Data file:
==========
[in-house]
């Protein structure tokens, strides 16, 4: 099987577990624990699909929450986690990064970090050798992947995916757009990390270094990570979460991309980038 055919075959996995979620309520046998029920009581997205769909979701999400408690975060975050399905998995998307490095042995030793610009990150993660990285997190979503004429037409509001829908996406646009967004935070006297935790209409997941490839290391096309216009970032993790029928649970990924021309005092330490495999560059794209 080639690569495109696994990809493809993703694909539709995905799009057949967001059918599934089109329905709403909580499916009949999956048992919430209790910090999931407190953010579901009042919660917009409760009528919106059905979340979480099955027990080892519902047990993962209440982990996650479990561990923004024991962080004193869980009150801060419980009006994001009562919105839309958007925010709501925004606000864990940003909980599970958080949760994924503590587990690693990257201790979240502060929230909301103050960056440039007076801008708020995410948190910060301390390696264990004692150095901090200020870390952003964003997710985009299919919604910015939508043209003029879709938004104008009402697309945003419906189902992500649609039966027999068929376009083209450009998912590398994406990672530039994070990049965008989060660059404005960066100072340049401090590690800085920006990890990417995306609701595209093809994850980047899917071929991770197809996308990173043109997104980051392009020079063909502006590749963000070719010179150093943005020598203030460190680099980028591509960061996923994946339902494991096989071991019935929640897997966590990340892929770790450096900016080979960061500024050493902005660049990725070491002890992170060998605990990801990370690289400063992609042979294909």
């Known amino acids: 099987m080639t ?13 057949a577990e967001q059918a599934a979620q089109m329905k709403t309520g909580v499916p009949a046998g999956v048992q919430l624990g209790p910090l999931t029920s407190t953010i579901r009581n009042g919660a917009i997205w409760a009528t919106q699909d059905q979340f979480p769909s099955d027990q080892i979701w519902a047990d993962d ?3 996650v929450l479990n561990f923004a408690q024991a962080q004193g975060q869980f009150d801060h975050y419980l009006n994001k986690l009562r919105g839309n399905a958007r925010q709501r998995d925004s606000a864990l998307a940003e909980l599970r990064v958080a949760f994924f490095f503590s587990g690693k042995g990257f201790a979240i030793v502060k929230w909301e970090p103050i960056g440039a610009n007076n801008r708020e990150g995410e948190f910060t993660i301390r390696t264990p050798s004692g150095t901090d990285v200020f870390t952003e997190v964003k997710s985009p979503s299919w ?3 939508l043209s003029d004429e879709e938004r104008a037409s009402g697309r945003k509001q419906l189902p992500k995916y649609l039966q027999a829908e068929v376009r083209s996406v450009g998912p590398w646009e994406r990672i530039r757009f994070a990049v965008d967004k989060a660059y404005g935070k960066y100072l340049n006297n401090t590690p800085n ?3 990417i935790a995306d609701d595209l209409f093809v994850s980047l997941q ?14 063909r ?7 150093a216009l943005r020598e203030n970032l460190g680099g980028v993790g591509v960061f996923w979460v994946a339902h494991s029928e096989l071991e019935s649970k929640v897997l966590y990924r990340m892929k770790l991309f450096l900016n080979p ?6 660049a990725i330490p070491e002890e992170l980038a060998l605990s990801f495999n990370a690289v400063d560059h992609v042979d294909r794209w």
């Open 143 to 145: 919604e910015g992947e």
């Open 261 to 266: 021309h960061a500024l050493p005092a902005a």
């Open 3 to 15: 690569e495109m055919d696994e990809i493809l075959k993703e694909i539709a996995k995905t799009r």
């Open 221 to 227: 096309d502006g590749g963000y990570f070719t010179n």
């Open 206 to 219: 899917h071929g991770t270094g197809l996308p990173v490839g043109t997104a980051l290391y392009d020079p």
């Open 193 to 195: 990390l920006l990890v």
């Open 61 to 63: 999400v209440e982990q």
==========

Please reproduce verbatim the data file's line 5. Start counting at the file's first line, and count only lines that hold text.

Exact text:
């Open 261 to 266: 021309h960061a500024l050493p005092a902005a």